The poll, conducted between the 29th September and the 1st October, has shown that despite the referendum defeat, the pro-independence parties are gaining momentum.
Additionally, since the referendum, the SNP have become the third largest party in Britain - in terms of membership. The Scottish Greens have also done well to more than triple their membership since the 18th September.
According to the poll, for the constituency vote in the Scottish Parliament, 42% would vote SNP. This would be down from the 2011 election, but still shows a considerable lead for the nationalists as only 27% of those polled said they would vote Labour.
Furthermore, 15% would vote Conservative. The Liberal Democrats and UKIP would be neck and neck on 5% each. This could lead to UKIP’s first seat in the Holyrood chamber. As for the Scottish Greens, they do not contest in constituencies in Scottish elections.
For the regional - more proportional - element of the Scottish Parliament - 37% would vote SNP and 9% would vote Green, showing confidence in the pro-independence parties despite the ‘no’ vote last month. 27% would vote Labour, 16% Conservative, 5% Lib Dem and 4% UKIP.
According to the predictions calculator on ‘ScotlandVotes.com’ this would give the following make-up for the Scottish Parliament (/129):
-SNP 61 (-8 from 2011 and just short of a majority)
-Labour 35 (-2)
-Conservatives 19 (+4)
-Greens 9 (+7)
-Lib Dem 4 (-1)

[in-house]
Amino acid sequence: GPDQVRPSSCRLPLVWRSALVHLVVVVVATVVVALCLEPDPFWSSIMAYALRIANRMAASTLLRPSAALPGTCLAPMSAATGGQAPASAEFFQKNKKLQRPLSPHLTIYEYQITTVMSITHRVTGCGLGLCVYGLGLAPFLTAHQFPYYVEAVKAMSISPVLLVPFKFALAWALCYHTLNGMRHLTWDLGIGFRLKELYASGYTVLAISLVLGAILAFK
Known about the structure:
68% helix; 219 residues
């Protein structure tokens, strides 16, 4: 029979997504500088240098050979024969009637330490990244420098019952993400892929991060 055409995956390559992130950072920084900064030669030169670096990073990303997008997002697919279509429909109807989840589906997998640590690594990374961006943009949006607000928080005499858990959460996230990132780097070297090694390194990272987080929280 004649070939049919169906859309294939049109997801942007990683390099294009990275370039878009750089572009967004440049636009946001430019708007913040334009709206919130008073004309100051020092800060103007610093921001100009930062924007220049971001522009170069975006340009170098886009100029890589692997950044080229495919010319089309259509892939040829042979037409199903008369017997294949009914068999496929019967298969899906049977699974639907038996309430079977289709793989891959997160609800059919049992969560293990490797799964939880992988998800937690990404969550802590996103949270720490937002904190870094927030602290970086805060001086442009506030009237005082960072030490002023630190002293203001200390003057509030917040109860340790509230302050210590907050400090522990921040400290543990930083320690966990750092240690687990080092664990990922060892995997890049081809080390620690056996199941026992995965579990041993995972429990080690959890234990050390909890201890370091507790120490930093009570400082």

If this were to be the case in 2016, the SNP could run a minority administration, or even join with the Greens in a formal coalition agreement.
However, if that was not enough to show commitment to the cause for independence, when asked about who the respondents would vote for in a Westminster election, 34% of respondents said they would vote SNP - 2% more than Labour. Generally, Scottish opinion polls have put the SNP in front in Holyrood elections in recent years, but not in Westminster elections. However, this poll signifies a change.
Additionally, 18% would vote Tory, 6% UKIP, and 5% Liberal Democrat, in a Westminster general election.
About the SNP’s future prospects, Peter Kellner, YouGov’s President, recently wrote on the firm’s site that the party may expect up to perhaps 20 MPs next May - almost half those currently available in Scotland. Such seats would be won at Labour’s expense as the party faces ‘big problems’ north of the border.
Such an outcome could be detrimental to any chance Labour has in securing a victory in 2015 if the results are tight.
As many as a third of former Labour supporters are estimated to have voted ‘yes’ in the recent referendum, showing that many could be moving towards the SNP and - to a lesser extent - the Scottish Greens.
What this poll shows is that the SNP and the Scottish Greens, as well as the cause for independence, are far from dead. It also shows that Labour are struggling in Scotland and UKIP might even build on its European election success where the party won its first seat in Scotland this year.
In Scottish politics, so much is at stake for all the parties in the next couple of years.
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